Hopes of Americans During World War II

Topics: World War 2

In the book Farewell to Manzanar the theme of the book is dashed dreams and failed hope of Japanese Americans during World War II. When Japan attacked the United States, they woke a beast. But that beast also began looking at everyone with a heritage of Japan to be a supporter to Japan plan of attack. They assumed that these people would immediately begin providing information from the US and that they would begin fighting the war from their homes in the United States.

“With no regular school to attend and no home to spend time in … They passed out candy. But what kept me coming back, once I started, were the tales of the unfortunate women like Saint Agatha, whose breasts were cut off when she refused to renounce her faith.”. All things that the prisoners gave up to have the bad luck of having a heritage of a country that chose to attach the United States. She felt a connection to women like Saint Agatha, as she could not renounce her heritage of Japanese.

Farewell to Manzanar is a tale of family first and how they deal with Otherness. Looking Japanese, but living in America and feeling like you do not fit in.“To this day I have a recurring dream … I see a young, beautiful blond and blue-eyed high school girl … much admired by everyone … Watching, I am simply emptied, and in the dream I want to cry out, because she is something I can never be,” (Farewell to Manzanar).

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Hoping to find their place in America when they are released from the Internment camps is a hope and dream. But knowing you are being punished because you do not look like a majority of the population is a tragic experience. One experience that haunted her for years, as she would never be like anyone else, always an outsider.

Farewell to Manzanar is a memoir of dashed dreams and failed hope, this can also be found in the article, “ One Man Seeks Justice “ Fred Korematsu spent 2 and half months in prison for refusing to go to a internment camp. After that time in jail, Fred Korematsu was released when the group BESIG paid his $5,000 bail. The moment Korematsu and the group stepped outside of the courthouse into the sunshine, the military authorities handcuffed him and took him to the Tanforan Assembly Center. Korematsu’s hopes of being free and going back to a normal life was taken away before he could enjoy the moments of freedom. Fred appealed the ruling in 1944, but it was upheld by the Supreme Court 6-3. When President Roosevelt signed Executive Order 9066, giving the military untold power to handle national security of the West Coast during WWII, did untold harm onto it citizens who were abused regardless of having committed a crime or not. “I As happens many times during war, important things are hidden if it is thought to protect the greater good. It was thought by creating the internment camps and keeping locked in them longer than was necessary was for the greater good of the people and war.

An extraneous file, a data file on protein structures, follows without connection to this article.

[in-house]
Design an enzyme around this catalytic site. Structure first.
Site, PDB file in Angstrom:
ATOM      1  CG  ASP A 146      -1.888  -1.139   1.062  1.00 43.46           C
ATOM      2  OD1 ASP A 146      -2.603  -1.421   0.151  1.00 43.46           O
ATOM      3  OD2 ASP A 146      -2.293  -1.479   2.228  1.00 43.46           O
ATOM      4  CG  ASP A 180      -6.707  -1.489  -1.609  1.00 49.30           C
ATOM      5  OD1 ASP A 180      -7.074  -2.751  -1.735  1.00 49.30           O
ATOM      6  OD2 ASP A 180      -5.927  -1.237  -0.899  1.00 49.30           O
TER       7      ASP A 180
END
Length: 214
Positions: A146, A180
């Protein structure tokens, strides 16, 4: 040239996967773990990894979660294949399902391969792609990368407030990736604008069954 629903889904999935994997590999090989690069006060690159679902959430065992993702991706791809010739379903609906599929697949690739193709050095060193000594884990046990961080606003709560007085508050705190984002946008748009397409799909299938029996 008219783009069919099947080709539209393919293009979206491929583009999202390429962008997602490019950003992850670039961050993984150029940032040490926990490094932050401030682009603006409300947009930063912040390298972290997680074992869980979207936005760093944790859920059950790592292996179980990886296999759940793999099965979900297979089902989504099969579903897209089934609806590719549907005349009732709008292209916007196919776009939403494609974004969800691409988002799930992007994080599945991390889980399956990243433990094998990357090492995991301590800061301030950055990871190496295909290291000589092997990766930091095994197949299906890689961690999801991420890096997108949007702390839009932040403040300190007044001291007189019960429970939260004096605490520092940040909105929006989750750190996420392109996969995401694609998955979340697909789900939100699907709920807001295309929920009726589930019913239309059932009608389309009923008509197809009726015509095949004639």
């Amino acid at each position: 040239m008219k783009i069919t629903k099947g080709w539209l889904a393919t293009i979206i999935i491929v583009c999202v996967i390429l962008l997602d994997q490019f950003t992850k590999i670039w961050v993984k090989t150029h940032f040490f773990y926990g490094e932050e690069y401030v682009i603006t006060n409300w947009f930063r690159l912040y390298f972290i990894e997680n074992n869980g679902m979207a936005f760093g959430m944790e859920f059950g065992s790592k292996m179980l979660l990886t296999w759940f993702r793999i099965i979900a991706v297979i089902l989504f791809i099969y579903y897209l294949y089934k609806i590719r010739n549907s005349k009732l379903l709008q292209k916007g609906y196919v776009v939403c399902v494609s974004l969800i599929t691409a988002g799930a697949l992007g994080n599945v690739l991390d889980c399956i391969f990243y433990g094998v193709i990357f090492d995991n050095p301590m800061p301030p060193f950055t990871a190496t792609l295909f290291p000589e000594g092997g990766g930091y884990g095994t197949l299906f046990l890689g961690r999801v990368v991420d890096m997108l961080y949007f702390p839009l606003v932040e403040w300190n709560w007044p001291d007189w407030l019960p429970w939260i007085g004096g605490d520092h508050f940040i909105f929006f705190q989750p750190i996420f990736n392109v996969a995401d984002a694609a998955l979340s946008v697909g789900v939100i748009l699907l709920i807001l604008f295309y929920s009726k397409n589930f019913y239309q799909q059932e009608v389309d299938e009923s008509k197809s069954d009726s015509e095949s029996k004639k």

You can see a similar theme in the poem. That Damned Fence. “ With machine gun nests just over there, And sentries and soldiers everywhere”. The prisoners are sharing the hopelessness of escaping. The thought of being shot the moment anyone things about escaping. “That DAMNED FENCE is driving us crazy, Destroying our youth and making us lazy.” The prisoners are starting to feel hopeless, they feel of not working and having loss everything they had prior to being imprisoned. The children not understand a hard days work and what the benefits are for it. “We know we’re punished–though we’ve committed no crime, Our thoughts are gloomy and enthusiasm damp,” The Japanese Americans know that they are being locked up for something that they have now control over and they are not citizens of the country that bombed Pearl Harbor, but because their heritage was Japan they are paying the highest price. “To fight for our country, and die, perhaps; But we’re here because we happen to be Japs.”

Again the writer was reiterating that although their heritage was Japan, they were American citizens and they were willing to fight for the freedoms and rights that they come to America for. But in typical American fashion, we passed judgement without due cause. In the video the Japanese Americans are expressing their loyalty to the country of the United States by still fighting in the war while President Teddy Roosevelt put in a new law called “Executive Order 9066”. The law was repealed eight months before Japan surrender in World War II. The families from the internment camps were sent home to there ruins and 43 YEARS later the US paid the Japanese American survivors a total of $1.6 Billion for their home ruins. What was seen as a necessary act by one President was deemed no longer needed to its Japanese American citizens by another. To bad it took them so long to do right by the people that suffered through this.

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Hopes of Americans During World War II. (2021, Dec 25). Retrieved from https://paperap.com/hopes-of-americans-during-world-war-ii/

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